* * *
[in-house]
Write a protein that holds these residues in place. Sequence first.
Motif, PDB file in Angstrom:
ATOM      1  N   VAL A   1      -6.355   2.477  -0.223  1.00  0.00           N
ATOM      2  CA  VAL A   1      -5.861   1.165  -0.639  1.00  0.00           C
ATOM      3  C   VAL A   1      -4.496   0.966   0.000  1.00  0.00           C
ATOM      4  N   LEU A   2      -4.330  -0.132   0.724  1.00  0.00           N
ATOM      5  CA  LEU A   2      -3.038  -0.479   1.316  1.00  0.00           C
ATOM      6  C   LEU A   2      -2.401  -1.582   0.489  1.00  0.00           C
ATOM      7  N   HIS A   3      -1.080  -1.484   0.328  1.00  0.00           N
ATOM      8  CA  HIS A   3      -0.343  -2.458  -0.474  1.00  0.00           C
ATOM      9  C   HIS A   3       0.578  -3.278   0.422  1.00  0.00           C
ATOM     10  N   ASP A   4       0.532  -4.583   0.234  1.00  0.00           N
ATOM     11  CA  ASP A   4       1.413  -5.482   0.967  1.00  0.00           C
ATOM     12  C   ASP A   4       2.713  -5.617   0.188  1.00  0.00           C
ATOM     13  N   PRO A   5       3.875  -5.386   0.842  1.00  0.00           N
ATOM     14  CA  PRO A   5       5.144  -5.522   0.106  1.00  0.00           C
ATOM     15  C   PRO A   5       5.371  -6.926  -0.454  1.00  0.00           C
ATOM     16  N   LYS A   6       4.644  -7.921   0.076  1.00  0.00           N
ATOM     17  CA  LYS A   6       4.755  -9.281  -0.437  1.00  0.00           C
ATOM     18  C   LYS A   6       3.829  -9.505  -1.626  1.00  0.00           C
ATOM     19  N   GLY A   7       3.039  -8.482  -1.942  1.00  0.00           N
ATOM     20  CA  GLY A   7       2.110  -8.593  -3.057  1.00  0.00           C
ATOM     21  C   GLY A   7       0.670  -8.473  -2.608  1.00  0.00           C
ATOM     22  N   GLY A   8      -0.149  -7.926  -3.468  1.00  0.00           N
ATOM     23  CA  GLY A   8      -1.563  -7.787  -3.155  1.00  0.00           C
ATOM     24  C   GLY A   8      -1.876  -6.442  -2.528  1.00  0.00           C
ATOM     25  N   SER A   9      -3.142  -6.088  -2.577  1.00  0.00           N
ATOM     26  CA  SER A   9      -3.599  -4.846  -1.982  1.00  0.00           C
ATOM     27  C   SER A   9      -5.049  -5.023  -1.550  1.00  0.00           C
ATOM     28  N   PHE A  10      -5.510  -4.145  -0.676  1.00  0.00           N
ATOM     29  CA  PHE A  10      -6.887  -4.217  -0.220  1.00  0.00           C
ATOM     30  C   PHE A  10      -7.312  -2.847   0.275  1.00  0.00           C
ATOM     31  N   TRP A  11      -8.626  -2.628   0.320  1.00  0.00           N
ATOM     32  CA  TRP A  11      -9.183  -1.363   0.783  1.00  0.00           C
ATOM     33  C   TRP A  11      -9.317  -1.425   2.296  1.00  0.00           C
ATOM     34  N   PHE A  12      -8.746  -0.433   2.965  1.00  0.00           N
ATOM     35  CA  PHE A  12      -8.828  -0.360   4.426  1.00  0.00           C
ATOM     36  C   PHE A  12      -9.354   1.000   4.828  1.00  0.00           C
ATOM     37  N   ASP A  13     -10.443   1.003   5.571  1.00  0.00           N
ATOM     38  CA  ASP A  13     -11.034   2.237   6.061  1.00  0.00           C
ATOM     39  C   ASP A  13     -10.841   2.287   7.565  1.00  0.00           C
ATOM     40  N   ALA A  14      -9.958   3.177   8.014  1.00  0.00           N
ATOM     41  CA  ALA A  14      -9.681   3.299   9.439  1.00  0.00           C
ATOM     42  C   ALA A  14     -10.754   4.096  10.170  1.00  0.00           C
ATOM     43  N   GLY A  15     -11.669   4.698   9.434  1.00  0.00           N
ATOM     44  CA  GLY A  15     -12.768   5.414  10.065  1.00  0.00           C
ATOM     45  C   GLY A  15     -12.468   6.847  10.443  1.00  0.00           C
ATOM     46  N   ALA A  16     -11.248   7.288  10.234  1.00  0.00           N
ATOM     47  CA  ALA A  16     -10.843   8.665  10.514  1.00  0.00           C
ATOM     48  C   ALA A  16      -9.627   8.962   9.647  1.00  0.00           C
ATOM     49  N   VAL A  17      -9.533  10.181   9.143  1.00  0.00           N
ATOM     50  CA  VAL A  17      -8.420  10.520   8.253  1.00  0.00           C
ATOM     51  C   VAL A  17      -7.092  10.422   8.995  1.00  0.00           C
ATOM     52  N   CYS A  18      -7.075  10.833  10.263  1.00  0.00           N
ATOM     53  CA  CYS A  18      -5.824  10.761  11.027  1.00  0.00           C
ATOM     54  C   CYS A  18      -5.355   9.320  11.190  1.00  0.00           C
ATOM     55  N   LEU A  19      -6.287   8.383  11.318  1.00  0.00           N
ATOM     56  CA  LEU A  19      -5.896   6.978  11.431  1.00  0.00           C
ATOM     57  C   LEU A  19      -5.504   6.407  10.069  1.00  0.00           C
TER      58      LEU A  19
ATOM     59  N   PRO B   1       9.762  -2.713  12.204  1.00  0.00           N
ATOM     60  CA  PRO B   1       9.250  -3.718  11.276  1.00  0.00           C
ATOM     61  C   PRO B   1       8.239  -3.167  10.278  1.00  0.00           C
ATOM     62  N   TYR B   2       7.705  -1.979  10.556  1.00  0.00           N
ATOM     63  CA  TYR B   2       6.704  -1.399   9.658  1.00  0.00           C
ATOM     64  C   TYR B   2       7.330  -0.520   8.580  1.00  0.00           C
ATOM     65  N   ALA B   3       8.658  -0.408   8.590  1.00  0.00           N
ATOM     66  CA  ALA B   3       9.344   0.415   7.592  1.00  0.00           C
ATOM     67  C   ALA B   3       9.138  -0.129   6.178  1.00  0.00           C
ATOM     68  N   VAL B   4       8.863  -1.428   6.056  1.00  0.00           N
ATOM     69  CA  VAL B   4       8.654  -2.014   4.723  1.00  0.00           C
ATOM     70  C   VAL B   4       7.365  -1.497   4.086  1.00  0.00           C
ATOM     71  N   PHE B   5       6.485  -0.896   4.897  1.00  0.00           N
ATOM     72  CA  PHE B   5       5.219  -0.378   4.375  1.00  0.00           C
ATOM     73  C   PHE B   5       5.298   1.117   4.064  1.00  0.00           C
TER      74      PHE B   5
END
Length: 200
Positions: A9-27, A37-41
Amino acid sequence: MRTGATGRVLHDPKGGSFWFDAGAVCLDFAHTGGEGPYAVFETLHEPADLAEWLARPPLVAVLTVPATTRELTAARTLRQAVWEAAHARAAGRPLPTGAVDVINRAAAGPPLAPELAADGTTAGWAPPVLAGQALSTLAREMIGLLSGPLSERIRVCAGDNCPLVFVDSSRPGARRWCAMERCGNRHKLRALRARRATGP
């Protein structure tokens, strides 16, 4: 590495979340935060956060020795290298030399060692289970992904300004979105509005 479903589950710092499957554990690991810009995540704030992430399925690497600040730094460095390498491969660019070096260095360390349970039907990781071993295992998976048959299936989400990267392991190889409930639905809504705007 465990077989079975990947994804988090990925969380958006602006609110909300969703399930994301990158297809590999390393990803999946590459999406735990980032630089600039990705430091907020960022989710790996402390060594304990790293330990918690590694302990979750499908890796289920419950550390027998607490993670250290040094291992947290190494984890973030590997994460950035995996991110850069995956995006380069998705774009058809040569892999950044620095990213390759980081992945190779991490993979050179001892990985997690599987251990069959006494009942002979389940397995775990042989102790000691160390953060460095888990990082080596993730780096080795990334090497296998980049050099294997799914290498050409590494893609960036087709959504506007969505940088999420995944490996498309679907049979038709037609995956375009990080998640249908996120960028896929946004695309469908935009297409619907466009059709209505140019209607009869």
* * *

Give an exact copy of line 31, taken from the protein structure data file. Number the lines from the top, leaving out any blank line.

ATOM     28  N   PHE A  10      -5.510  -4.145  -0.676  1.00  0.00           N